Arthur Morgan is a visionary. He envisions a food distribution system that feeds Baltimore’s hungry – all of them – with fresh and healthful food.
While certainly not the first or only person to work for this objective, he is one of the few willing to deal with the complex administrative issues standing in the way of making it actually happen.
His organization, Gather Baltimore, understands that bringing fresh food to the poor requires the participation of hundreds of people and entities, ranging from volunteers in the neighborhoods to large food service distributors.
As part of his mission, Morgan has an urban farm plot at the Hamilton Elementary Middle School where a few days of the week he teaches the kids about food and nutrition. He gripes that he is not permitted to bring fresh fruits and veggies to the cafeteria, but understands the law.
On a recent Friday, I met him at his Hamilton Crop Circle where he began his food outreach four years ago. In the hoop house, he grows produce to sell at his stand at the Hamilton/Lauraville Farmers Market, which operates every Tuesday from 4 to 8 pm.
He took me on a ride-along that allowed me to experience – in three dimensions and over much of a day – the distribution network he has developed.
A Day with Arthur Morgan
Our first stop was Jeff Smith’s Farm to Table, an online aggregator service in which farmers list their available goods and restaurant chefs can order them as available.
We are there to check out how much refrigerated food storage space was available for the next few days. If Jeff Smith’s name is familiar, it is because he is the former chef at Lauraville’s Chameleon Cafe. He now works closely with Gather Baltimore.
Fundraiser Tonight for Gather Baltimore
When: June 24, 6:30 – 9:30 pm
Where: Clementine, 5402 Harford Road
What: “Six-Course Goat Dinner” featuring goat meat from Wagon Wheel Farm, local produce, wine, beer and cider
More info or to sign up: Eventbrite
As we drive to the wholesale food market in Jessup, Morgan explains that with so many sources for surplus food, the real challenge is adequate refrigeration.
His goal is a small commercial facility with refrigerated walk-ins and good parking. With a warehouse like that, volunteers could stop buy and pick up what they need.
Several charitable services call and ask if he has any food. The food we are going to pick up is already earmarked, but he tells them cordially that he will see what he can do.
Morgan got his distribution system going through two Kickstarter campaigns for the Hamilton Crop Circle and small grants from the Open Society Institute and elsewhere. He is now trying to secure a more sustainable financial base.
Finding a Walk-In at a Bar
Morgan backs into a slot along the loading dock at Coastal Sunbelt Produce, a regular food contributor, and signs in.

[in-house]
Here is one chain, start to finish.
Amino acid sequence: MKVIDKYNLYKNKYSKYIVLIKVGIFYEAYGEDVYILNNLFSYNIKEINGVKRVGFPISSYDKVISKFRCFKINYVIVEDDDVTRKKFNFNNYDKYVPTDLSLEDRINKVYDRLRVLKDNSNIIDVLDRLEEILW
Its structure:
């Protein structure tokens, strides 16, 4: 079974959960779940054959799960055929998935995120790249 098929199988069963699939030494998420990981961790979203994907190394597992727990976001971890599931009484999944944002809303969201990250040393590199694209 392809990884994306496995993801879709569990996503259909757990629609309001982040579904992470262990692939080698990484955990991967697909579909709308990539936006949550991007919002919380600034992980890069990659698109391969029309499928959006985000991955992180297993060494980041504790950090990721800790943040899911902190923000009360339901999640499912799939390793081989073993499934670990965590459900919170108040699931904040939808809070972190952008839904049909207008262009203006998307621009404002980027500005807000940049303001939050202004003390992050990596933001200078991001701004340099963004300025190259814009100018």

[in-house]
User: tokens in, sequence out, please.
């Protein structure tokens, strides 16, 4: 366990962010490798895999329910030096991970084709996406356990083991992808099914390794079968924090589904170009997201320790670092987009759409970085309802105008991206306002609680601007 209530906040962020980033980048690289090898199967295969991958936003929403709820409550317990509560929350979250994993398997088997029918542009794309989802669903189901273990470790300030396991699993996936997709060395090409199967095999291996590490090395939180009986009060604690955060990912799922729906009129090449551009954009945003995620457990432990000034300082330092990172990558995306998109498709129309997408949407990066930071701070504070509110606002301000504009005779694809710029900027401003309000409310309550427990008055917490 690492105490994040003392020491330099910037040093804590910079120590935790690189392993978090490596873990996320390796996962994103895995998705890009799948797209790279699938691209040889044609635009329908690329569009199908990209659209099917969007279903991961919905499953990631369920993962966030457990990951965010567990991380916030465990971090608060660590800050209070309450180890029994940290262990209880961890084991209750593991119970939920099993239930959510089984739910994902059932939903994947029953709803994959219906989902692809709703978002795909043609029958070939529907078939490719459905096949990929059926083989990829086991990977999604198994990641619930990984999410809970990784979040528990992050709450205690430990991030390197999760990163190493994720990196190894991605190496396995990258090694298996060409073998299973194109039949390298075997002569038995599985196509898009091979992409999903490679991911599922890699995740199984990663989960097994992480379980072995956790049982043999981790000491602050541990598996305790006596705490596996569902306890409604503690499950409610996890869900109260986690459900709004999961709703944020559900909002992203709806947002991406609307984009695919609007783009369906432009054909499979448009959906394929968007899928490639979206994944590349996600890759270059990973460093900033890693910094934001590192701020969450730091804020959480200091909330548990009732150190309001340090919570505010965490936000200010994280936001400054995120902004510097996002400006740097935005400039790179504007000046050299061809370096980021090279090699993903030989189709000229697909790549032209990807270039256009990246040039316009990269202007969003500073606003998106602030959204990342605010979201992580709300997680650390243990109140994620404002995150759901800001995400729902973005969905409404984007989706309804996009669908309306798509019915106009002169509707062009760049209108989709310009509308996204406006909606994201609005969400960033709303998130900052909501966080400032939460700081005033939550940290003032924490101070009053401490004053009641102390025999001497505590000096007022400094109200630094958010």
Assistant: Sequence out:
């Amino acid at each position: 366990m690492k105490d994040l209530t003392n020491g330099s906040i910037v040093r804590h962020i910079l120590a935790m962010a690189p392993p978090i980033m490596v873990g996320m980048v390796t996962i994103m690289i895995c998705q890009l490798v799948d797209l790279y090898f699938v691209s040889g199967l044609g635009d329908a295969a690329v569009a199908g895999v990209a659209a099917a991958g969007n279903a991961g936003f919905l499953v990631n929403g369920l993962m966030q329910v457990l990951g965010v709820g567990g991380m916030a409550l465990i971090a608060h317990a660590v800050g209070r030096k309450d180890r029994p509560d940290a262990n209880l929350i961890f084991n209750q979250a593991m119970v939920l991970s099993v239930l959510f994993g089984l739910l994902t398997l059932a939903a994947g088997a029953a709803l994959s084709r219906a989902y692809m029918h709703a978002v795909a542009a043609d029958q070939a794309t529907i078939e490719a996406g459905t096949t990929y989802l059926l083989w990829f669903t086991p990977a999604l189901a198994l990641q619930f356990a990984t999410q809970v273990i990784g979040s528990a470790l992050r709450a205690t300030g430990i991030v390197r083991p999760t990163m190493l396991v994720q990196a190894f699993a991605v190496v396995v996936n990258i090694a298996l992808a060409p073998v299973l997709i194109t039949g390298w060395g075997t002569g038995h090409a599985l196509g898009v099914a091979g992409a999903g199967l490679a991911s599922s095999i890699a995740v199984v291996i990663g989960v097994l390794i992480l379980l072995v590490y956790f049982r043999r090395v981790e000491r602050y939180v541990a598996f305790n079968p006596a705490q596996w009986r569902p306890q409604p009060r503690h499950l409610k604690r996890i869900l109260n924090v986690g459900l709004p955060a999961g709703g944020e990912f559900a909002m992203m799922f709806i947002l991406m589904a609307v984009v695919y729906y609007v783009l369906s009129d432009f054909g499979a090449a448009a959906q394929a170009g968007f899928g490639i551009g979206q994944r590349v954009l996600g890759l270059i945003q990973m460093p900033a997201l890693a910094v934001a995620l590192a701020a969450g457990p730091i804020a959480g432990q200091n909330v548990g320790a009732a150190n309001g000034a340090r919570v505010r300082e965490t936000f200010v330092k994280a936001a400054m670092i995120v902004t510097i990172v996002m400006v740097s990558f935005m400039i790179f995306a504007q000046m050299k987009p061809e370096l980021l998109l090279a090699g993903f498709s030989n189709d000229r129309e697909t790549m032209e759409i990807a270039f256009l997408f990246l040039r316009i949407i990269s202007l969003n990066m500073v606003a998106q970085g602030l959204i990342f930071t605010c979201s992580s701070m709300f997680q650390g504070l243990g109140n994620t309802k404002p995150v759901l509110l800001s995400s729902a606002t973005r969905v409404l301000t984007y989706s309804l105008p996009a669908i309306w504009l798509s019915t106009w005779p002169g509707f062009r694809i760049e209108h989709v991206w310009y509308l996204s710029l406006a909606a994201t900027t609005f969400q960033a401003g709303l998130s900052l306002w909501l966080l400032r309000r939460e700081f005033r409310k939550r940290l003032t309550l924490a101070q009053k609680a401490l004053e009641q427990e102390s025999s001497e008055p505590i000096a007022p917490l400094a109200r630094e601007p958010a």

Soon a skid with crates of beans, bananas, berries, milk and lesser amounts of miscellaneous food is unloaded and we are headed back to Baltimore in his donated refrigerated truck.
“If we had more cold storage we could pick up from many more purveyors,” he tells me.
Our next stop is Liam Flynn’s Ale House, in Station North, where Flynn meets us with a couple of able-bodied helpers who make quick work of about a third of the load.
Flynn plans to divide most of the food into two groups, one to be delivered to a senior center and the other bound to a subsidized housing complex. The remaining items will be divided into small parcels and delivered locally.
On to Oliver
Back in the truck we head to Oliver. The East Baltimore community has been the subject of a two-year effort by volunteers to reclaim the historic but depopulated area near the Johns Hopkins Medical Complex.
Literally tons of refuse have been removed from indoor and outdoor spaces, and an Oliver Green program was formed with many volunteers to create green spaces. Some vacant homes are being rehabbed, and both buyers and renters are encouraged.
We stop and meet Dave Landymore who is making sure everything is in order for the Sunday farmers’ market, among other things.
I ask Landymore, executive director of The 6th Branch, a non-profit veterans and community organization, what he sees on a daily basis.
“The neighborhood is getting better block by block,” he says. “We bring positive energy. We are present and available and engage the community.”
I am not surprised to learn that the ex-Marine is getting a degree in human geography. Everyone connected with Gather Baltimore seems to be in it for the long run.
Father’s Day Surplus
Morgan’s wife, Annie Howe, is a volunteer coordinator and also works the farm stand at the Sunday market under the Jones Falls Expressway.
On a recent Sunday, I met Morgan there at noon as the stands closed for business. The truck was parked and ready to be loaded with unsold, surplus produce.
In a flash, plastic bins were passed out to stands that requested them and in 20 minutes the truck was loaded with fresh goods to be distributed at the Oliver Stand.
Also astounding is how much produce is available during the gleaning events that Gather Baltimore organizes with a slew of volunteers. On Father’s Day, 20,000 pounds of produce was made available at the Oliver Stand.
Morgan’s a connector – bringing the bounty from the farmers’ market and from farmers’ fields to the hungry. He’s also an enabler – enabling our best impulses.
For more information on tonight’s Goat Dinner fundraiser, check the Gather Baltimore website or the Clementine homepage.